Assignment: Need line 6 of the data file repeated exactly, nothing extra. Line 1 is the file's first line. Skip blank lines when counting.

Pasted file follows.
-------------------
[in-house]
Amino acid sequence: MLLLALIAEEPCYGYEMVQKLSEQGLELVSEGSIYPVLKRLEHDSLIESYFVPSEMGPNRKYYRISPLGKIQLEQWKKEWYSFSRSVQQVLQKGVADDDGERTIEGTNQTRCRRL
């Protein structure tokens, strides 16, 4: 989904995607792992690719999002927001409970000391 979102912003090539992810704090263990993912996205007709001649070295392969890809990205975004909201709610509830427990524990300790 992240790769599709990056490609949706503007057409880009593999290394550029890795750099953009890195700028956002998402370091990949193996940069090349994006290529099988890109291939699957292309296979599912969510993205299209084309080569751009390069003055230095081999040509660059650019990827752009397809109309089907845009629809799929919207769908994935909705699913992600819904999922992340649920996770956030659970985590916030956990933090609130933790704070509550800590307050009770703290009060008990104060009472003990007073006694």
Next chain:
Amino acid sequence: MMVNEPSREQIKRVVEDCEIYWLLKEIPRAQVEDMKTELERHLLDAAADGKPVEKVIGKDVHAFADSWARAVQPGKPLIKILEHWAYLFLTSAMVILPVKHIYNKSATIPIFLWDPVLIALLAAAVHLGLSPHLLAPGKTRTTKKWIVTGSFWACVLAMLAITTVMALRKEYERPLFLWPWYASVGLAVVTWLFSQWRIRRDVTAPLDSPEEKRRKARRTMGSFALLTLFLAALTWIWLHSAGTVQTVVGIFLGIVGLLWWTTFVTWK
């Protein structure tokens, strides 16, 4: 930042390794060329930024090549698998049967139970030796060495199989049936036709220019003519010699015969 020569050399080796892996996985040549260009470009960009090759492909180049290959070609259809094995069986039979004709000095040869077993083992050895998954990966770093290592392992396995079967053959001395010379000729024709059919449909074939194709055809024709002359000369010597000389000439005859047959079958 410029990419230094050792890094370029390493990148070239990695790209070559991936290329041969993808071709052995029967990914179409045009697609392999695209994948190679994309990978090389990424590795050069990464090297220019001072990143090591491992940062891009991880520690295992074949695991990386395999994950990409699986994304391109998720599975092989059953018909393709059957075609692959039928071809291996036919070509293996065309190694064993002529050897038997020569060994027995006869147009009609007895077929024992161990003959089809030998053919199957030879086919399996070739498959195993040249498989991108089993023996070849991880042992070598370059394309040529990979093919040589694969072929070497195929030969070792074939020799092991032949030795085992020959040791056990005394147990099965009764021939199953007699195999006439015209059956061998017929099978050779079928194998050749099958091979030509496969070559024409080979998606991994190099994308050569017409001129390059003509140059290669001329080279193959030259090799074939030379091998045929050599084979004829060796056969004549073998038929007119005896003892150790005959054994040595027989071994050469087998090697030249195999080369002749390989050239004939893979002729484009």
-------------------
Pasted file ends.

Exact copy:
């Protein structure tokens, strides 16, 4: 930042390794060329930024090549698998049967139970030796060495199989049936036709220019003519010699015969 020569050399080796892996996985040549260009470009960009090759492909180049290959070609259809094995069986039979004709000095040869077993083992050895998954990966770093290592392992396995079967053959001395010379000729024709059919449909074939194709055809024709002359000369010597000389000439005859047959079958 410029990419230094050792890094370029390493990148070239990695790209070559991936290329041969993808071709052995029967990914179409045009697609392999695209994948190679994309990978090389990424590795050069990464090297220019001072990143090591491992940062891009991880520690295992074949695991990386395999994950990409699986994304391109998720599975092989059953018909393709059957075609692959039928071809291996036919070509293996065309190694064993002529050897038997020569060994027995006869147009009609007895077929024992161990003959089809030998053919199957030879086919399996070739498959195993040249498989991108089993023996070849991880042992070598370059394309040529990979093919040589694969072929070497195929030969070792074939020799092991032949030795085992020959040791056990005394147990099965009764021939199953007699195999006439015209059956061998017929099978050779079928194998050749099958091979030509496969070559024409080979998606991994190099994308050569017409001129390059003509140059290669001329080279193959030259090799074939030379091998045929050599084979004829060796056969004549073998038929007119005896003892150790005959054994040595027989071994050469087998090697030249195999080369002749390989050239004939893979002729484009």